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Soaring diesel prices put a £2m squeeze on ambulance service
RISING fuel prices have seen South Central Ambulance Service’s diesel bill skyrocket by £2m over four years.
The emergency service paid £2,985,000 for fuel during the 2007-8 financial year, but by 2011-12 the total had jumped to £4,870,571.
Businesses across the country have also seen their bills rise steadily and Oxfordshire firms are now calling on Chancellor George Osborne to cancel a planned fuel duty hike.
They said he should use Wednesday’s budget to freeze the Government’s tax take in the wake of a 10p rise in petrol prices in little over a month.
The Oxford Mail has monitored petrol prices in the city over the past three months, and seen a dramatic rise in that time.
In late January the Esso garage in Oxpens Road, Oxford, was charging £1.31.9 a litre for unleaded and £1.39.9 for diesel, rising steadily throughout February until hitting £1.41.9 and £1.46.9 by last Monday. Yesterday prices had fallen to £1.38.9 and £1.44.9 when supermarkets began a price war.
John Werrell, owner of Oxford haulage company John Werrell & Son Ltd, agreed that freezing the price of fuel is the least the Chancellor should do.
He said: “Fuel is easily our biggest cost now and we don’t want it going up any more. We have 12 HGVs delivering all over the UK, so it has a huge effect on everything we do.”
Barbara Plastow, of Wheatley-based coach firm Plastow’s Travel, said: “We have to swallow it. We are not the kind of company that can go to its customers and say ‘we need more money’.
“The profit margins are disappearing down the plughole because of a lot of things. The fuel will be a big one.”
She pointed to the collapse last year of Witney’s RH Coaches and Brackley’s Jeffs Coaches, which served North Oxfordshire.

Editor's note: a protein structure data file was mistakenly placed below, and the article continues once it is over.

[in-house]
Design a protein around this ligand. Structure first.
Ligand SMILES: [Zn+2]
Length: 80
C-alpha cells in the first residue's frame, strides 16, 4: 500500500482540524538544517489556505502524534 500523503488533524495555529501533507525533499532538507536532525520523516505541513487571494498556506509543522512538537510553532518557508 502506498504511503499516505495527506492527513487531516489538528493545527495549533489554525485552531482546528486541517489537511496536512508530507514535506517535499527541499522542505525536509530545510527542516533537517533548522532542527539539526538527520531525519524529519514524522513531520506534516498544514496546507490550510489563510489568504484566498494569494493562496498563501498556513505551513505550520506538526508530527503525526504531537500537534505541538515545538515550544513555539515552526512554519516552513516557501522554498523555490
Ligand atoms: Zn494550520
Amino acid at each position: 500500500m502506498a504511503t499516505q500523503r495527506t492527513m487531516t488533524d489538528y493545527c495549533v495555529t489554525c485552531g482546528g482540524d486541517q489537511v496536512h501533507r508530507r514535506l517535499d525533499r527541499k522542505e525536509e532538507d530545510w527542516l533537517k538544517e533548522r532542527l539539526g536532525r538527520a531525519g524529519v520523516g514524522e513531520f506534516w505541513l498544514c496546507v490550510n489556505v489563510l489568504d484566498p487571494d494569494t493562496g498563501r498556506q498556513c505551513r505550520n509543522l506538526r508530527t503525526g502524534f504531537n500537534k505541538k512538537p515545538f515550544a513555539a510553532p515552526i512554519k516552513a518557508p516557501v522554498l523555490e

She said: “Unless they give some concessions to businesses, transport is going to keep putting up prices and companies are not going to survive.”
Liz Wright is a self-employed mobile hairdresser from Thame and said it is becoming too expensive to drive to some jobs.
She said: “If I get a call for a cut that is too far away it is just not worth me driving there. I would like them to freeze fuel duty, or even bring it down, but I don’t think they will. It only ever goes up.”
According to PetrolPrices.com, the current average price for a litre of unleaded petrol in the UK is £1.37.1 – almost two pence cheaper than in Oxford.
Of that 43.6 per cent goes towards fuel duty, 36.9 per cent goes to producers, 16.7 per cent is VAT and 3.8 per cent goes to the retailer.
In January this year the Office of Fair Trading blamed the increase in petrol prices on tax and duty hikes, saying it found no evidence of anti-competitive behaviour among oil and petrol companies.
Fuel duty has not gone up since January 2011, when it was increased by 0.76p per litre to 58.95p. It was then cut by 1p in March 2011 and has remained at 57.95p since.
According to Basil Shrourou, from fuelpricesonline.com, the two factors driving up prices are the weak pound and rising price of oil on the international market.
The Petroleum Industry Association – which represents producers – said 59 per cent of pump prices go to the Treasury and “strong competition” means UK prices are “among the lowest in the EU, excluding duty and VAT”.
The Treasury and South Central Ambulance Service declined to comment.